To be published in Rip It Up – September 2014
“Courtney Barnett… The singer-songwriter, who is from New Zealand, will start her run of live shows in Newcastle… ” wrote English music magazine NME recently. “No way,” was Barnett’s reaction when I told her, “That’s hilarious! Am I good enough to be a Kiwi? Maybe better!” Barnett, who’s actually from Sydney, via Hobart and now resides in suburban Melbourne is planning to front up in Godzone shortly, when she tours her Double EP (not actually an album, she points out) called A Sea of Split Peas. The debut caught the attention of music lovers and critics, with Rolling Stone comparing the emerging songwriter to “early Bob Dylan,” while NPR described Barnett as “laconic, funny and charming.” The odd tile was inspired by eating lentil soup, whilst drawing the cover – a reproduction of a Japanese print of a tsunami wave “…and I just wrote the title underneath – I thought it would be puzzling and intriguing”.
Barnett’s getting herself known around the world for her witty, rambling lyrics and deadpan, drop dead singing style, attracting attention from not only the dastardly and slightly inaccurate UK music press but their America counterparts as well. …Peas is actually two EP’s – the first made in a friend’s lounge and the second made, more professionally, in Melbourne’s Head Gap studios, in the sprawling suburb of Northcote; the perfect location for Barnett’s acidic little tales of urban banality. Songs swerve from the predictable bonding of ‘uncool’ friends ‘Anonymous Club’, to raunchy love songs like ‘Lance Jr’, with the line: “I masturbate to you sweet music.” “I know that line’s a bit raunchy but why can’t I tell that particular truth. Musicians are supposed to speak for those who can’t”,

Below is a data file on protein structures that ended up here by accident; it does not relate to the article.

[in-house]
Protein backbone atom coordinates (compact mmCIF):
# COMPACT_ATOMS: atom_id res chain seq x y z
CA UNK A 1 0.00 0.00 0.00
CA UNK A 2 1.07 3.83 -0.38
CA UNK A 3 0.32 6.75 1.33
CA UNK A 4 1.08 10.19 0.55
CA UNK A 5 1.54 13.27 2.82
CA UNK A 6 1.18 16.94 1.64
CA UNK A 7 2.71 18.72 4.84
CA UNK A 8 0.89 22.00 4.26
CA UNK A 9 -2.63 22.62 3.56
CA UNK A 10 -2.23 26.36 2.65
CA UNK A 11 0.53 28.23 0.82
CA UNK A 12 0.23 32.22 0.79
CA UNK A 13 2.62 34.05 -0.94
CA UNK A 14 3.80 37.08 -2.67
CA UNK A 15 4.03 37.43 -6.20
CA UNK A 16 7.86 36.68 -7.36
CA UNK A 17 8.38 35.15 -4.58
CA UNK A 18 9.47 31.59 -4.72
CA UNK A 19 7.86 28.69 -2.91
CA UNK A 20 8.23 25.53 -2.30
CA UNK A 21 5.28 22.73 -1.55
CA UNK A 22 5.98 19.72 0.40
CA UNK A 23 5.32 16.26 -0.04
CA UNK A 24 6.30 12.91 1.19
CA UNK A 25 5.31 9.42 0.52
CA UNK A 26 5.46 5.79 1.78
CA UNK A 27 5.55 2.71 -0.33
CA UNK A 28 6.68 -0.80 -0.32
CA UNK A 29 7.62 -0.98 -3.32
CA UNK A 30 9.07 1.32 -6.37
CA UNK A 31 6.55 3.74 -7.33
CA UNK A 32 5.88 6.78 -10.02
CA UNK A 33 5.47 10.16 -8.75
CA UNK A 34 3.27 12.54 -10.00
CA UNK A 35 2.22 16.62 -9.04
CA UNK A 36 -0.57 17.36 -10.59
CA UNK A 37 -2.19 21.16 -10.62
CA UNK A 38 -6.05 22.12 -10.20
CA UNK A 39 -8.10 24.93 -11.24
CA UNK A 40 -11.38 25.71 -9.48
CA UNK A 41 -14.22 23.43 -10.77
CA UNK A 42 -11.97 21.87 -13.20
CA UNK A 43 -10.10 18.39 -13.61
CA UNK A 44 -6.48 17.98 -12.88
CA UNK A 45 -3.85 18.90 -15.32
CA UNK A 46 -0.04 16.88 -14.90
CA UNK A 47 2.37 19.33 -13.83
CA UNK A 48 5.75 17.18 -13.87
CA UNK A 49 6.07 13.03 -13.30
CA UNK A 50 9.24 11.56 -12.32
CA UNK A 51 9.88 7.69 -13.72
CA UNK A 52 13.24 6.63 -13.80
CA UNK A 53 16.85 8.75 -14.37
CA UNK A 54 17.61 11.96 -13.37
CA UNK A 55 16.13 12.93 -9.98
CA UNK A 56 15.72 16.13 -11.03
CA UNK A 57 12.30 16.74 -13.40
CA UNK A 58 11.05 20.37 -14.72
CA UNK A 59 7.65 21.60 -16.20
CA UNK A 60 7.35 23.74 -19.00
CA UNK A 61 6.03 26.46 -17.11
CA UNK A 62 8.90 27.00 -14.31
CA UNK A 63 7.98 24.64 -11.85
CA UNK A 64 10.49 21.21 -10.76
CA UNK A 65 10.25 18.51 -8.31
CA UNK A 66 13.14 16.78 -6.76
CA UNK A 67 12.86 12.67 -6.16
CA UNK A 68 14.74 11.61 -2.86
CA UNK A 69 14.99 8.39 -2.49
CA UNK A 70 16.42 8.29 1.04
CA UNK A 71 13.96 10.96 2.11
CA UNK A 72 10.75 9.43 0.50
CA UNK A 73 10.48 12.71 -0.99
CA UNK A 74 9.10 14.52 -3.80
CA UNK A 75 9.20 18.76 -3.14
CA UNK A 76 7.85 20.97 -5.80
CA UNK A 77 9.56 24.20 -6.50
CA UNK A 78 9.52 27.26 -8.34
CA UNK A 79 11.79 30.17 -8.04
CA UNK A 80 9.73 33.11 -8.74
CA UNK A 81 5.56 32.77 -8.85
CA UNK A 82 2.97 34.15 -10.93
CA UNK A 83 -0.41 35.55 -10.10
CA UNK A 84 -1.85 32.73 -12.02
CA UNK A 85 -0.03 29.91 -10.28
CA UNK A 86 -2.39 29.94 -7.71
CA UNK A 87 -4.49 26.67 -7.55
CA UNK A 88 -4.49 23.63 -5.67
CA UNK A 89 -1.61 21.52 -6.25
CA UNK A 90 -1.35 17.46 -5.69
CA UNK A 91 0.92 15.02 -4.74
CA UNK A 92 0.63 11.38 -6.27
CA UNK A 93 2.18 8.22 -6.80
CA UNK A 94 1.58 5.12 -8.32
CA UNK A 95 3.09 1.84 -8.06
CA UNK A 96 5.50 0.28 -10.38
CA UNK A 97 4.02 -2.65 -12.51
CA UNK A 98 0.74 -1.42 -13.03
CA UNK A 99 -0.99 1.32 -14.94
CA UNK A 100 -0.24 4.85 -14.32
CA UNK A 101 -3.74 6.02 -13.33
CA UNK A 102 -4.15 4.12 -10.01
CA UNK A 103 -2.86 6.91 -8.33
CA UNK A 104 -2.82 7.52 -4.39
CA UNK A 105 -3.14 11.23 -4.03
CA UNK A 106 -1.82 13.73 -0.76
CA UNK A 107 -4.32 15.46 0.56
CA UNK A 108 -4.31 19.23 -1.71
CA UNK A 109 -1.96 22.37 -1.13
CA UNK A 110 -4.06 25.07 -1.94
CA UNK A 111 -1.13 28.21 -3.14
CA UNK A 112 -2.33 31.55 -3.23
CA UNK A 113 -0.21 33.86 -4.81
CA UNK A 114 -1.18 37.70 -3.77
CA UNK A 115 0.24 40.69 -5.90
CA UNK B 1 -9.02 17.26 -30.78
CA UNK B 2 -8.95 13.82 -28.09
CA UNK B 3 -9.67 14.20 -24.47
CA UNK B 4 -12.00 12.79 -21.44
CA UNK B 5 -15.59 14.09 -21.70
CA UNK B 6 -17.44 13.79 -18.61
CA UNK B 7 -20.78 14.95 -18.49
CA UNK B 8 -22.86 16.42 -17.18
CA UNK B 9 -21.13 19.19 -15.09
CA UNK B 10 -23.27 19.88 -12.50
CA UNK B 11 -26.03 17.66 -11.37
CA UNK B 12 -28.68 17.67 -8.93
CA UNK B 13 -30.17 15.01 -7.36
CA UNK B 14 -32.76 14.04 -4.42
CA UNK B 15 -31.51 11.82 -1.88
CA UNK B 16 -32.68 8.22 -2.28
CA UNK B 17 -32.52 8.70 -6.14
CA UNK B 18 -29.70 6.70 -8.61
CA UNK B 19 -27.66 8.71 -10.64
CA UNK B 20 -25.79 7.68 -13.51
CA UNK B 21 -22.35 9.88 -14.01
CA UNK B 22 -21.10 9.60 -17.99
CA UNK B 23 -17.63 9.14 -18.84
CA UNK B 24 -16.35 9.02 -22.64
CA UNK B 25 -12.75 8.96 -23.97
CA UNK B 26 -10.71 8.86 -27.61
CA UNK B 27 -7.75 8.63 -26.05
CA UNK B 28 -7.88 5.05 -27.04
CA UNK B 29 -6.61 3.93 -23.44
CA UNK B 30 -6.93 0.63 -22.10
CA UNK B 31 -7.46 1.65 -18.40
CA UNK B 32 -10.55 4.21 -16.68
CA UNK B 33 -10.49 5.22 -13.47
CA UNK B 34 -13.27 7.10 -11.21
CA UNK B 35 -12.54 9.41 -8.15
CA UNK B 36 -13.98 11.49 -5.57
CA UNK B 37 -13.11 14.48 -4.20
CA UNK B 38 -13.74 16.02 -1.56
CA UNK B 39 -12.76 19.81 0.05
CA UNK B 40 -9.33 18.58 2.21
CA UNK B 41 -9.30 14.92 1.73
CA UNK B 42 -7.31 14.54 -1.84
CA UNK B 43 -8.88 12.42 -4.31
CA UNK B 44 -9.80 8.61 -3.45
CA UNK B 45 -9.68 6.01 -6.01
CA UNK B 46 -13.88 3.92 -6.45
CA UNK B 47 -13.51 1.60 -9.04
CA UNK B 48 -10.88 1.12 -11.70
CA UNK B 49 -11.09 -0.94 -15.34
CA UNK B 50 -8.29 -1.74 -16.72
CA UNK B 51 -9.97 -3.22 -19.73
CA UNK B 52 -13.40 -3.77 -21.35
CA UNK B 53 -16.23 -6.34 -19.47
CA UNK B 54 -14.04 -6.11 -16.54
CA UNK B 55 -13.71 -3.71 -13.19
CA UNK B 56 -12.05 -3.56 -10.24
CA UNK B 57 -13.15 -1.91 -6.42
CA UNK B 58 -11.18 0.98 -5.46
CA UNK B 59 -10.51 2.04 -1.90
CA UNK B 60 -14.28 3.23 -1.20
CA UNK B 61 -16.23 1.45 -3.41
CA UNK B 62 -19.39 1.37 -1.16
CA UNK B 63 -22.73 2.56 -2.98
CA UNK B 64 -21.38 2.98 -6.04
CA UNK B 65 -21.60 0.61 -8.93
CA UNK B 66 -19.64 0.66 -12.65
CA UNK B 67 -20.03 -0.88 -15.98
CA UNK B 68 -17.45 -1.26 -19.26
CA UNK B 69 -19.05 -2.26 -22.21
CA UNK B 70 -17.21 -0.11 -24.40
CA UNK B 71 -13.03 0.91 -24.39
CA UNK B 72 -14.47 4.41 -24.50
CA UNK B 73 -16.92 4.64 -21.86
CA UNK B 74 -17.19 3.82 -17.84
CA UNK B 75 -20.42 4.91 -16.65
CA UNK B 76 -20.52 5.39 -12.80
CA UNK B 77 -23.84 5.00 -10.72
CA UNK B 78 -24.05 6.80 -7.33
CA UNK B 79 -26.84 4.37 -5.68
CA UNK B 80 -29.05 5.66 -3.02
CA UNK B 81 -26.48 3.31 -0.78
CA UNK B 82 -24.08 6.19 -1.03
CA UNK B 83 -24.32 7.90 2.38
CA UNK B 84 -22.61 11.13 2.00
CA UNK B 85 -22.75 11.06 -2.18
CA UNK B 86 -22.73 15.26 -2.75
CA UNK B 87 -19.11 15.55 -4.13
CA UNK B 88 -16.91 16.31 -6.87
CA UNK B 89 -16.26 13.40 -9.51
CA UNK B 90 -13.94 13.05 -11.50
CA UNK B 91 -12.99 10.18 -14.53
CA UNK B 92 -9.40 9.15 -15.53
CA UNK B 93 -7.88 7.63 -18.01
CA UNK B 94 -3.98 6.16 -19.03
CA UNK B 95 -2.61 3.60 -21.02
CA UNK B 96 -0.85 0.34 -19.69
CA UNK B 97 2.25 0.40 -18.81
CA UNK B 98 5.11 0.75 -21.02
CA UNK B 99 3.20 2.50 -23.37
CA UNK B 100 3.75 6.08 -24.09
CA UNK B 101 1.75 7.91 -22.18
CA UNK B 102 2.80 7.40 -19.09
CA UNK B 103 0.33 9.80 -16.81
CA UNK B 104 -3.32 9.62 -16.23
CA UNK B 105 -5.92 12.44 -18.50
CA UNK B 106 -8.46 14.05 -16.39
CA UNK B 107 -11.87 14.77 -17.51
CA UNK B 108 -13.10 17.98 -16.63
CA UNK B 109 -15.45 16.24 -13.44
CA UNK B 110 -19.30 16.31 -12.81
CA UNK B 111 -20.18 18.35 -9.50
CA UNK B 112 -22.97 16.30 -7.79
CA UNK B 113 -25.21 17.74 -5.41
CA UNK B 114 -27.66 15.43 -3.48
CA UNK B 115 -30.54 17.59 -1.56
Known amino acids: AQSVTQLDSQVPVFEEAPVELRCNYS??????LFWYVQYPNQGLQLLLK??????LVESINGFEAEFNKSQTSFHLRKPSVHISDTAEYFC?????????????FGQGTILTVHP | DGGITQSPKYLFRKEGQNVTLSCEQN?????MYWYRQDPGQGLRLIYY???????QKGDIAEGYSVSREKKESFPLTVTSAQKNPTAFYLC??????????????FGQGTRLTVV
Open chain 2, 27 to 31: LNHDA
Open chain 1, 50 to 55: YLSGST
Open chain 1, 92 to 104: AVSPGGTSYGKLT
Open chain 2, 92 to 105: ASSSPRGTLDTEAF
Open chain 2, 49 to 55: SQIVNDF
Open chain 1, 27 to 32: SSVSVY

However the most eye-opening song on the album has a back story behind ‘Avant Gardner’, about becoming sick from heat exhaustion when gardening in 40 degree heat. It’s a simple but alarming illustration of how she becomes overcome by the heat as she cleans up the back garden – also a metaphor for moving on from a bad relationship, I wonder. Barnett is reluctant to answer that but she can hint that she’s never been good at resolution. “I guess I was never that good at breathing in!,” “It’s a true story. I can’t really explain it more that the song does, I guess. It’s a bad thing that happened. Looking back a couple of weeks later I saw the funny side and, yeah!” Musically, Barnett’s touch stone is early 1990’s alt pop like Juliana Hatfield and the Breeders. “I guess I kind of (resonate) with that stuff. I like a lot of that stuff. When I started out I tried to write songs like that – cool songs. But I never really liked the outcome. And then I went through a couple of years of not listening to any music. Then I returned to it and just tried to forget what I knew and write naturally and that’s where I found my comfortable writing voice.” Influences that informed …Peas ranged from Jonestown, to the Velvets, to the Band to Bowie – “all over the place – different elements creeping in”. Sonically, the ‘flavour’ of the first 6 tracks (EP no.2) benefits from the overwhelming presence of Dan Luscombe (The Drones), whose haunting guitars are all over the place. Barnett has already had a big year – hanging with Steve Tyler on Jimmy Fallon; touring with Billy Bragg on his Aussie leg; playing shows with Kurt Vile and Sharon Van Etten; a string of major festival appearances including Coachella, The Great Escape, and Glastonbury. And, of course, a Kiwi impersonation whilst performing in the UK. And now she’s heading here for a wee look around and a show or two. “I’ll have my band in tow so that will be great. I had extra friends on the eps but the core players will be there. We play as you hear it, no fancy gimmicks, all us. Genuine.” All true blue, indeed.